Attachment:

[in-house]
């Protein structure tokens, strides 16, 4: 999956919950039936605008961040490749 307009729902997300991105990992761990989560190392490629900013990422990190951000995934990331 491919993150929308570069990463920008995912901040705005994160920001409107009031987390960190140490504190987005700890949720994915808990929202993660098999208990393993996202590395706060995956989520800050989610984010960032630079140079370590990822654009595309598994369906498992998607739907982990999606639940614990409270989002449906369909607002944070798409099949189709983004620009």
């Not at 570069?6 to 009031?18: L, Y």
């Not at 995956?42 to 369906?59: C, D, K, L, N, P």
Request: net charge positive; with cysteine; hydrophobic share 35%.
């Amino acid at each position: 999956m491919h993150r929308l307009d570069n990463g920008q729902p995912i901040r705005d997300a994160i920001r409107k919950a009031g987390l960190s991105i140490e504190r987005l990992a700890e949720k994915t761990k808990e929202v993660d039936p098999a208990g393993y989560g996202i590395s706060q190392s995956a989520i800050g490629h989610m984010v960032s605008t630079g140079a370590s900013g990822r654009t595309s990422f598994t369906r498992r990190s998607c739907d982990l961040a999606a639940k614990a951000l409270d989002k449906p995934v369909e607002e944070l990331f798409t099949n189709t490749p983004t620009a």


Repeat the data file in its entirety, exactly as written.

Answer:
[in-house]
């Protein structure tokens, strides 16, 4: 999956919950039936605008961040490749 307009729902997300991105990992761990989560190392490629900013990422990190951000995934990331 491919993150929308570069990463920008995912901040705005994160920001409107009031987390960190140490504190987005700890949720994915808990929202993660098999208990393993996202590395706060995956989520800050989610984010960032630079140079370590990822654009595309598994369906498992998607739907982990999606639940614990409270989002449906369909607002944070798409099949189709983004620009």
């Not at 570069?6 to 009031?18: L, Y």
């Not at 995956?42 to 369906?59: C, D, K, L, N, P």
Request: net charge positive; with cysteine; hydrophobic share 35%.
């Amino acid at each position: 999956m491919h993150r929308l307009d570069n990463g920008q729902p995912i901040r705005d997300a994160i920001r409107k919950a009031g987390l960190s991105i140490e504190r987005l990992a700890e949720k994915t761990k808990e929202v993660d039936p098999a208990g393993y989560g996202i590395s706060q190392s995956a989520i800050g490629h989610m984010v960032s605008t630079g140079a370590s900013g990822r654009t595309s990422f598994t369906r498992r990190s998607c739907d982990l961040a999606a639940k614990a951000l409270d989002k449906p995934v369909e607002e944070l990331f798409t099949n189709t490749p983004t620009a």